If you undertake general solicitation, you cannot rely on Rule 506(b) to give you an exemption from registration. It does not matter if a sale results from the general solicitation; all that matters is an offer was made by general solicitation. If you lose your exemption, you now find yourself selling unregistered securities – which is something you do not want to be doing.
This is bad news for someone raising capital. Best case is that you have to stop fundraising – and if you need to raise money, that could spell the end of your business.
And the worst case is a lot worse. There are plenty of examples of enforcement actions by the SEC and FINRA against people selling unregistered securities. As one well-known example, in 2017 the SEC published this opinion (pdf will download) which confirmed a disciplinary proceeding that FINRA held against an issuer of securities – and upheld a fine of $73,000 that the issuer had to pay.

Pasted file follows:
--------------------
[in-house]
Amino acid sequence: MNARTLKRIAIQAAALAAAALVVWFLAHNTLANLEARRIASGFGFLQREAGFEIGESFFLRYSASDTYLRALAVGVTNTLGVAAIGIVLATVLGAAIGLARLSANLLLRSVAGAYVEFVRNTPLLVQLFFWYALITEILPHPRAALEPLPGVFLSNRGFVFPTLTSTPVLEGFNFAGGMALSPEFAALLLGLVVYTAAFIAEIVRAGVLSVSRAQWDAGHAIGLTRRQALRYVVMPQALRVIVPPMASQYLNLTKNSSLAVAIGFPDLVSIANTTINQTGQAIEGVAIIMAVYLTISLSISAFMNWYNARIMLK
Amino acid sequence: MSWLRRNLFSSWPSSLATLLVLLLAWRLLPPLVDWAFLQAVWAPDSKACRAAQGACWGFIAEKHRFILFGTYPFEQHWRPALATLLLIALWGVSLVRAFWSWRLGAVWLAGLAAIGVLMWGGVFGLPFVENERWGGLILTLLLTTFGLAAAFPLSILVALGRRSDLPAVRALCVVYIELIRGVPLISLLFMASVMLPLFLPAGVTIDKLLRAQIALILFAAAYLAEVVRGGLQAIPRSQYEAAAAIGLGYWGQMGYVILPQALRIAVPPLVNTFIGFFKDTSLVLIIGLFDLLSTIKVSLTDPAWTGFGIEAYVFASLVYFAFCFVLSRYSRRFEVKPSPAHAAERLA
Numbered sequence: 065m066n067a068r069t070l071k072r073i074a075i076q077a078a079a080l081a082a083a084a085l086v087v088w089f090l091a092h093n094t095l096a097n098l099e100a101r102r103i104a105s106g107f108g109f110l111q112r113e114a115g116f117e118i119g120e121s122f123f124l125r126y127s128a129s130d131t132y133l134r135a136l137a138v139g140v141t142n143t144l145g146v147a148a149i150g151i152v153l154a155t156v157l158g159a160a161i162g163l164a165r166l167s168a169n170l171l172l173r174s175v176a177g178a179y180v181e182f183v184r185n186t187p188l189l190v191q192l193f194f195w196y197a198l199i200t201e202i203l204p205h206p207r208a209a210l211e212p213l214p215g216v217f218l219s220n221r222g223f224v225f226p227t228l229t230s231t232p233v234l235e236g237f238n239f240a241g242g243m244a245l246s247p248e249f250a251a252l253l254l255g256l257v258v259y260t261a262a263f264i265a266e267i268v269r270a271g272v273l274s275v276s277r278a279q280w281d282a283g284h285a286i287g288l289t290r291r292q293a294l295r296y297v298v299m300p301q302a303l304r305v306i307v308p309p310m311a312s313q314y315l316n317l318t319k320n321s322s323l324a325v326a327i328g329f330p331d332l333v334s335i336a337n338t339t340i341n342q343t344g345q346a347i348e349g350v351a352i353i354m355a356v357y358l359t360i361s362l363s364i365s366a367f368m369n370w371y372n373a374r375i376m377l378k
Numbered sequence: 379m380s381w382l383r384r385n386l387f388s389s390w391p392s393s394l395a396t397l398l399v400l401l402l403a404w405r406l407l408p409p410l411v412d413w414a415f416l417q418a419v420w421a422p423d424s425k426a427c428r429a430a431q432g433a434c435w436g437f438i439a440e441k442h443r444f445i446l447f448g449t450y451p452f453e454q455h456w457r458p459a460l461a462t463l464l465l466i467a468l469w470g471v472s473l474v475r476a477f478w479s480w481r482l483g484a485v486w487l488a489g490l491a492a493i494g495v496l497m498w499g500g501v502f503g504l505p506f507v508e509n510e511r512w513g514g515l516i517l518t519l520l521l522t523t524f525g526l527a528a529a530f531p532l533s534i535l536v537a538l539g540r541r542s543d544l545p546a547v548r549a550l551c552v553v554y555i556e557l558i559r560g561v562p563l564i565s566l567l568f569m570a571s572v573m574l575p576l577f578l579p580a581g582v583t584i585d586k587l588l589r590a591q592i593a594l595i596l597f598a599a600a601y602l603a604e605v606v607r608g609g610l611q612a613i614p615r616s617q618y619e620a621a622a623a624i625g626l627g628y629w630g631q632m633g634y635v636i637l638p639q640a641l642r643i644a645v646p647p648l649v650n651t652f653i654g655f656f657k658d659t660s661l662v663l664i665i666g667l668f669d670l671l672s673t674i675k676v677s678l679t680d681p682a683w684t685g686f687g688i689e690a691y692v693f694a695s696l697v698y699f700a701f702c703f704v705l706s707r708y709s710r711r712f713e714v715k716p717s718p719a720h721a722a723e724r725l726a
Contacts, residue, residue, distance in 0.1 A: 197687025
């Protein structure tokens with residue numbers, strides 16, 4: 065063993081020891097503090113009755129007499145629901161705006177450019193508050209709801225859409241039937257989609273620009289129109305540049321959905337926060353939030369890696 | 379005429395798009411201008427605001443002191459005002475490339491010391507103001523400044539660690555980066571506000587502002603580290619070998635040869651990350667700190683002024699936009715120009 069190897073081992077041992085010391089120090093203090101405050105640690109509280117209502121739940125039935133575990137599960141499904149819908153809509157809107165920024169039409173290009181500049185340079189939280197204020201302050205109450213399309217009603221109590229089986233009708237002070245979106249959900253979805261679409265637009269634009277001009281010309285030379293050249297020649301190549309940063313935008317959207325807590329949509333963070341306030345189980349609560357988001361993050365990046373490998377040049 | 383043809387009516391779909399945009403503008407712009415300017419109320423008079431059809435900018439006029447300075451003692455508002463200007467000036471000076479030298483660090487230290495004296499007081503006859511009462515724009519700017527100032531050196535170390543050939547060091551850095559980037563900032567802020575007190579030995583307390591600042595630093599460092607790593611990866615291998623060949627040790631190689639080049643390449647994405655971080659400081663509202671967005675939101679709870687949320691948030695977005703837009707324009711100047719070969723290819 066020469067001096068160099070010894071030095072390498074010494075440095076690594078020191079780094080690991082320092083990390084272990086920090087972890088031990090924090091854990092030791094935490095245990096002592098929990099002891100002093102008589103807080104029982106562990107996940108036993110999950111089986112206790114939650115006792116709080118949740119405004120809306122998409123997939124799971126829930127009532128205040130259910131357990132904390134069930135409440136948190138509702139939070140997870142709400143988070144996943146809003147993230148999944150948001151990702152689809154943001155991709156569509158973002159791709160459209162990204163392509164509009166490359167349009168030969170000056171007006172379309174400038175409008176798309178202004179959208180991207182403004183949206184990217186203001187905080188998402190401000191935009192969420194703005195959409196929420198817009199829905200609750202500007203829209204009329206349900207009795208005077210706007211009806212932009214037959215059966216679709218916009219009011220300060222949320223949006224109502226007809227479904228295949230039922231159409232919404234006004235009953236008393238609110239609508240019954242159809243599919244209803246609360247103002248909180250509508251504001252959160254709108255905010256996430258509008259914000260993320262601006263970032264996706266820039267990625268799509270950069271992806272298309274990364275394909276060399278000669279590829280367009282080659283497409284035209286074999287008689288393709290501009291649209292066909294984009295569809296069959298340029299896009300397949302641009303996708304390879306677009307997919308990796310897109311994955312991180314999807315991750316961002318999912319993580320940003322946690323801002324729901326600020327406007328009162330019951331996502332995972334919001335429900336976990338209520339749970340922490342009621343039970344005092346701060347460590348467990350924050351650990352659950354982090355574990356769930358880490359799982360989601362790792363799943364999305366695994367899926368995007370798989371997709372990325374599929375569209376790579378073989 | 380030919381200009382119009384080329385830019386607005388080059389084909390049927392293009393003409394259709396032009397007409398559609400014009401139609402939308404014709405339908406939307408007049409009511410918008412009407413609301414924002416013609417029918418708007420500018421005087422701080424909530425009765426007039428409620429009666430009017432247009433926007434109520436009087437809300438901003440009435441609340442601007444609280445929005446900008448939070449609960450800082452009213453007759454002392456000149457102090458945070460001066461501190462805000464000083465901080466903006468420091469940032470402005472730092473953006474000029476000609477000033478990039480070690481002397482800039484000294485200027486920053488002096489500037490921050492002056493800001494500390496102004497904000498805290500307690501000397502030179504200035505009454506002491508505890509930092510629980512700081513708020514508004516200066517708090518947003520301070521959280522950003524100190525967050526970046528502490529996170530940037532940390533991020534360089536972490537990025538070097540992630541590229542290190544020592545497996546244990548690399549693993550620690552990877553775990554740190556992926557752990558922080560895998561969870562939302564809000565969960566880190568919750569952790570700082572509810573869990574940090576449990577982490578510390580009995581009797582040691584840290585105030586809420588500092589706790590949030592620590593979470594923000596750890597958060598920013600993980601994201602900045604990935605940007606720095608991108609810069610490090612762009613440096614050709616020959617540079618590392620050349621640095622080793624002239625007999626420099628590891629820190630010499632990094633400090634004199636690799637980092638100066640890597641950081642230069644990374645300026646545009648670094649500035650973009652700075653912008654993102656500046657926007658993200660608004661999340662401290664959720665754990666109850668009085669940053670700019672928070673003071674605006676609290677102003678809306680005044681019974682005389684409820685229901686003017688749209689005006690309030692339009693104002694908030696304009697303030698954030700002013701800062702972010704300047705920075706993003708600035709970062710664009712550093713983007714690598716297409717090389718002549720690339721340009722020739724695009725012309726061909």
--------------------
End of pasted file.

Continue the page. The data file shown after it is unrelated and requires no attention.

In another example (pdf will download), a crypto investment fund being formed had raised over $600k from 22 investors, supposedly under a 506(b) offering. However, it had obviously been generally soliciting investment – publishing information about the new fund on its website, among other things. The fund had to be unwound, the work cancelled, and the principals had to pay a $50,000 fine even though ultimately investors received their capital back.
The SEC can charge larger fines, suspend management teams, strip brokers of their licenses, and impose other punishments if they find the Securities Act or related rules are being violated. Not to mention all the energy dedicated to responding to their requests, the negative press, and the enduring infamy of being in an SEC opinion letter or listed on their litigation page.